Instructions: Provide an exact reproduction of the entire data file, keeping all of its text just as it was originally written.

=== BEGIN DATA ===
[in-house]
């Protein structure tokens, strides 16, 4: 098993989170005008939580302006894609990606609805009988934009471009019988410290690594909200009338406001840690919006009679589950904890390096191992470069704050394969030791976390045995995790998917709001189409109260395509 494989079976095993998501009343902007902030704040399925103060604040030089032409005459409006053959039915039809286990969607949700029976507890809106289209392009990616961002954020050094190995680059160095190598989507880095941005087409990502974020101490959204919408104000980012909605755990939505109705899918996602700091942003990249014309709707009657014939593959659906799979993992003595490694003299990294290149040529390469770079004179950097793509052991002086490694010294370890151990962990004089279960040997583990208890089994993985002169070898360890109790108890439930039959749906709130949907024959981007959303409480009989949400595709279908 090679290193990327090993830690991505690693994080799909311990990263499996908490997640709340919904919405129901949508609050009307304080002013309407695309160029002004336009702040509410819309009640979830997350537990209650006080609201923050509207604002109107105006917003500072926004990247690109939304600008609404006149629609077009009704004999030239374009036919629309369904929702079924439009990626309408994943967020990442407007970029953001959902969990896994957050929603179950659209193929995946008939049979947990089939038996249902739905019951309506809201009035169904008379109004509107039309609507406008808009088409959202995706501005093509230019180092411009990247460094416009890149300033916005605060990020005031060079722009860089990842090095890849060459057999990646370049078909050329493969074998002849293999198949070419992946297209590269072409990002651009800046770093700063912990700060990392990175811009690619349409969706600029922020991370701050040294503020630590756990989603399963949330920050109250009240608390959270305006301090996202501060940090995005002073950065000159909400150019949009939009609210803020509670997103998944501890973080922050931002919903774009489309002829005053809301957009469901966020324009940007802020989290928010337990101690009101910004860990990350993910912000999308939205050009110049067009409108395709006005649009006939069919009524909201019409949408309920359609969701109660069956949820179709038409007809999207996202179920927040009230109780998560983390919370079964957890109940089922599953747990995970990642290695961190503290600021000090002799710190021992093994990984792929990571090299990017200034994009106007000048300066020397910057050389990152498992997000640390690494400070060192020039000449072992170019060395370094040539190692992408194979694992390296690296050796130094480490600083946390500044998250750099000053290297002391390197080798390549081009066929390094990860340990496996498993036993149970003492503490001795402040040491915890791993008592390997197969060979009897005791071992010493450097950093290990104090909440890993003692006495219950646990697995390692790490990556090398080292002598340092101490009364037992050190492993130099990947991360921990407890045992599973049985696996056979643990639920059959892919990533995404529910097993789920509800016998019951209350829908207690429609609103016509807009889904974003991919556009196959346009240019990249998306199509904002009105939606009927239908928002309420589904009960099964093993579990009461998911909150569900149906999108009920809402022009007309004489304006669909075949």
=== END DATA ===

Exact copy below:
[in-house]
């Protein structure tokens, strides 16, 4: 098993989170005008939580302006894609990606609805009988934009471009019988410290690594909200009338406001840690919006009679589950904890390096191992470069704050394969030791976390045995995790998917709001189409109260395509 494989079976095993998501009343902007902030704040399925103060604040030089032409005459409006053959039915039809286990969607949700029976507890809106289209392009990616961002954020050094190995680059160095190598989507880095941005087409990502974020101490959204919408104000980012909605755990939505109705899918996602700091942003990249014309709707009657014939593959659906799979993992003595490694003299990294290149040529390469770079004179950097793509052991002086490694010294370890151990962990004089279960040997583990208890089994993985002169070898360890109790108890439930039959749906709130949907024959981007959303409480009989949400595709279908 090679290193990327090993830690991505690693994080799909311990990263499996908490997640709340919904919405129901949508609050009307304080002013309407695309160029002004336009702040509410819309009640979830997350537990209650006080609201923050509207604002109107105006917003500072926004990247690109939304600008609404006149629609077009009704004999030239374009036919629309369904929702079924439009990626309408994943967020990442407007970029953001959902969990896994957050929603179950659209193929995946008939049979947990089939038996249902739905019951309506809201009035169904008379109004509107039309609507406008808009088409959202995706501005093509230019180092411009990247460094416009890149300033916005605060990020005031060079722009860089990842090095890849060459057999990646370049078909050329493969074998002849293999198949070419992946297209590269072409990002651009800046770093700063912990700060990392990175811009690619349409969706600029922020991370701050040294503020630590756990989603399963949330920050109250009240608390959270305006301090996202501060940090995005002073950065000159909400150019949009939009609210803020509670997103998944501890973080922050931002919903774009489309002829005053809301957009469901966020324009940007802020989290928010337990101690009101910004860990990350993910912000999308939205050009110049067009409108395709006005649009006939069919009524909201019409949408309920359609969701109660069956949820179709038409007809999207996202179920927040009230109780998560983390919370079964957890109940089922599953747990995970990642290695961190503290600021000090002799710190021992093994990984792929990571090299990017200034994009106007000048300066020397910057050389990152498992997000640390690494400070060192020039000449072992170019060395370094040539190692992408194979694992390296690296050796130094480490600083946390500044998250750099000053290297002391390197080798390549081009066929390094990860340990496996498993036993149970003492503490001795402040040491915890791993008592390997197969060979009897005791071992010493450097950093290990104090909440890993003692006495219950646990697995390692790490990556090398080292002598340092101490009364037992050190492993130099990947991360921990407890045992599973049985696996056979643990639920059959892919990533995404529910097993789920509800016998019951209350829908207690429609609103016509807009889904974003991919556009196959346009240019990249998306199509904002009105939606009927239908928002309420589904009960099964093993579990009461998911909150569900149906999108009920809402022009007309004489304006669909075949």